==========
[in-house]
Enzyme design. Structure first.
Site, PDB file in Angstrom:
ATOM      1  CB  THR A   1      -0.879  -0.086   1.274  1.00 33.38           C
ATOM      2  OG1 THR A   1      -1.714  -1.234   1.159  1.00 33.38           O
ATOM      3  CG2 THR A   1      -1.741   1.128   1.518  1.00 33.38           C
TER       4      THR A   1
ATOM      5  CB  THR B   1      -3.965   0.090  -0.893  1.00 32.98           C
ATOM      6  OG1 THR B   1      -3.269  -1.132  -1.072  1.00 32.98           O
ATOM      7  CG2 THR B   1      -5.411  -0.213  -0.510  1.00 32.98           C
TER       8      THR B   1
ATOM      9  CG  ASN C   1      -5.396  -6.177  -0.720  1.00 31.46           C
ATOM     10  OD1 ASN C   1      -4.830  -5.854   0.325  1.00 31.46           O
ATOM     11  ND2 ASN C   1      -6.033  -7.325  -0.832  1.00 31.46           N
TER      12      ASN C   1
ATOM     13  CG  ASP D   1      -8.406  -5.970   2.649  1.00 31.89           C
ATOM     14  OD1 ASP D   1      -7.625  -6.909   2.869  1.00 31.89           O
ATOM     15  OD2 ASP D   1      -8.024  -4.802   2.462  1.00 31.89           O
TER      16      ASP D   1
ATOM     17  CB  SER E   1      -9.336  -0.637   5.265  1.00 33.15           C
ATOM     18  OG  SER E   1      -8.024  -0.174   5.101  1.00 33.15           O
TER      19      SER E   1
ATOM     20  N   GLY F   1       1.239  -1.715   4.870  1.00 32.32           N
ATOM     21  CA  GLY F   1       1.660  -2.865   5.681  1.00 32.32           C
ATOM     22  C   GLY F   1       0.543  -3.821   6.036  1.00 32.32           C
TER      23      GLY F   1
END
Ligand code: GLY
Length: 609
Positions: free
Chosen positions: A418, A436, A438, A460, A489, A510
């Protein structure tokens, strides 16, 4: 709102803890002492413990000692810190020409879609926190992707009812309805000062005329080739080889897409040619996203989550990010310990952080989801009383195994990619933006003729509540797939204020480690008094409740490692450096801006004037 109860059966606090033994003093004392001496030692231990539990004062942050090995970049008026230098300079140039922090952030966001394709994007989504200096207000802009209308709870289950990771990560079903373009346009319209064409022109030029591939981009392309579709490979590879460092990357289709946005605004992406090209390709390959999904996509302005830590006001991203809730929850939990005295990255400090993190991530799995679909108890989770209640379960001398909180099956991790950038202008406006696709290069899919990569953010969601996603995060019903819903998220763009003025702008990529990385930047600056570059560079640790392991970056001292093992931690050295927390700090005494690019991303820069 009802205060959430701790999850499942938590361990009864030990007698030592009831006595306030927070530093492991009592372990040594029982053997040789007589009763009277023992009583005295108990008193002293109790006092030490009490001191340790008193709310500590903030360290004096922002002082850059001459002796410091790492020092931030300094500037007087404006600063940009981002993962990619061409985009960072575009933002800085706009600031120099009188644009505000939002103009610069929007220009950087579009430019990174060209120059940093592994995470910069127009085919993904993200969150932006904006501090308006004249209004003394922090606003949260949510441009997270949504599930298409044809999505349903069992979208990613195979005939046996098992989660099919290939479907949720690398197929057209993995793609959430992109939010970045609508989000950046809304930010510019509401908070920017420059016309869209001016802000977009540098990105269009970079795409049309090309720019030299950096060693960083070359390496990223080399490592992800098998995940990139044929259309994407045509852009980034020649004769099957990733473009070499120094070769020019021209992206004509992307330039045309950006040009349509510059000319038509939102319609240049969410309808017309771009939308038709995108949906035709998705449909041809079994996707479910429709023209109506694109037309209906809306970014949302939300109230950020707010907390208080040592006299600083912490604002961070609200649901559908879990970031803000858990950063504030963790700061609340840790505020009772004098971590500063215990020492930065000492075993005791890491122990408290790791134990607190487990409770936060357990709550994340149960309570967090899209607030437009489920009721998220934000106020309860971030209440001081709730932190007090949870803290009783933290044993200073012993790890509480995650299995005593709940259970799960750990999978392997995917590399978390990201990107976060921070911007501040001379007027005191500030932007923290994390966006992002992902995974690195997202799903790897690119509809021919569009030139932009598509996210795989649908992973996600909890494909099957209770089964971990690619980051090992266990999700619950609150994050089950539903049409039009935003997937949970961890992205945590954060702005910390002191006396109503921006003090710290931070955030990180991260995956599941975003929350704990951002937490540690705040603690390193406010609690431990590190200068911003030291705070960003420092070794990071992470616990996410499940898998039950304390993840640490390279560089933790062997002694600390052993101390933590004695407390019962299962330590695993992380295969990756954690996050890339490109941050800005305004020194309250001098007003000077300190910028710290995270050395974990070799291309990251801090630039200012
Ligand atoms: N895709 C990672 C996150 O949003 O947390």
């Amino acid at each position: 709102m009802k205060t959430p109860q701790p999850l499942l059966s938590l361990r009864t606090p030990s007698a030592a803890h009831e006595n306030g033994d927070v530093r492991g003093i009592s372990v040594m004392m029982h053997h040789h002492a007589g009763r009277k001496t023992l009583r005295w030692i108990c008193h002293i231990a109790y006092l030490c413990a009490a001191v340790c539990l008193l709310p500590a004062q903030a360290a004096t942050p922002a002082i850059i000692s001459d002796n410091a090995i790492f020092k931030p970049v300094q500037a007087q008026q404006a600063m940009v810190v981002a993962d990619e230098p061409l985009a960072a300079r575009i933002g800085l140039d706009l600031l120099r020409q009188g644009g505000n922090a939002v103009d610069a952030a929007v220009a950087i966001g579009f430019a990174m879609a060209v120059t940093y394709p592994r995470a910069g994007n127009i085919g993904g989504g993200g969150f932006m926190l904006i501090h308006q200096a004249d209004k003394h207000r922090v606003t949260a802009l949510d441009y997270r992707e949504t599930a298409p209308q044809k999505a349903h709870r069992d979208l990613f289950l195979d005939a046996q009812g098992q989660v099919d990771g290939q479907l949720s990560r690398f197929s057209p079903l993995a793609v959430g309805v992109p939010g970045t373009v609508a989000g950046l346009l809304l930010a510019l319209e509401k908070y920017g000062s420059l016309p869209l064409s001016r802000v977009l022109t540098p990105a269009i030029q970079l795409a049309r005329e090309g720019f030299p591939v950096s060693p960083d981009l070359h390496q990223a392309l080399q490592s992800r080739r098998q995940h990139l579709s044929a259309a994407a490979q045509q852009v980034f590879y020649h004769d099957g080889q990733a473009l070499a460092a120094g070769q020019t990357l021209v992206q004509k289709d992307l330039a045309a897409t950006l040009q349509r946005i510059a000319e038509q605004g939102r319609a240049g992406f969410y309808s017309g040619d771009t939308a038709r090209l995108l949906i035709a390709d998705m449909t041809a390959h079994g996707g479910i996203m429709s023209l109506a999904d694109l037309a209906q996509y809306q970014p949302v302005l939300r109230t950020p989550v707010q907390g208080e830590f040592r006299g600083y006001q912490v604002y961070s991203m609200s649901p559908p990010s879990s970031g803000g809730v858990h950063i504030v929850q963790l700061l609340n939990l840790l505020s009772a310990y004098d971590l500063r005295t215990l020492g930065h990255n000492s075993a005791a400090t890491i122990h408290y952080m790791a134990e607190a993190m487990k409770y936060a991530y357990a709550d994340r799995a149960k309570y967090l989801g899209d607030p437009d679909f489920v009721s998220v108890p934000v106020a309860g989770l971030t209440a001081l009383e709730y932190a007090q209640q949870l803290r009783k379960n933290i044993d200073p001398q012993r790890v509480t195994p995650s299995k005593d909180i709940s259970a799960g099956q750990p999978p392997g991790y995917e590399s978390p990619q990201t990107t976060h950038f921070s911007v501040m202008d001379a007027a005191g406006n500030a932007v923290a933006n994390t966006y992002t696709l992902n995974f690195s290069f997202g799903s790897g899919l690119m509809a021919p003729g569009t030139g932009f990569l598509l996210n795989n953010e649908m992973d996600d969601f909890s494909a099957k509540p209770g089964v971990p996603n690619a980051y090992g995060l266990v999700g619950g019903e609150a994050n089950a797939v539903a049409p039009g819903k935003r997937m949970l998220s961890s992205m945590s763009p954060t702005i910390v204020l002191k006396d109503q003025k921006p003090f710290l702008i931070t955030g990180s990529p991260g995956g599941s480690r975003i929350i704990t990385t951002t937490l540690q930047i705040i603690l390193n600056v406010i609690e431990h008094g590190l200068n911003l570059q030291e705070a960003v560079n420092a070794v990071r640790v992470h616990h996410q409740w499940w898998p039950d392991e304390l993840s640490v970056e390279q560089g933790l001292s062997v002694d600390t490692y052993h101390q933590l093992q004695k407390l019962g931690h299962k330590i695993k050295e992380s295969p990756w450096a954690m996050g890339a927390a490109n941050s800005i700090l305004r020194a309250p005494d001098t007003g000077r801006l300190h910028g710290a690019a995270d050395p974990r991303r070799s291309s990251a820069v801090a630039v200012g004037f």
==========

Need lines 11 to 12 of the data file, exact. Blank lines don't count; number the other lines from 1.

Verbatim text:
TER       8      THR B   1
ATOM      9  CG  ASN C   1      -5.396  -6.177  -0.720  1.00 31.46           C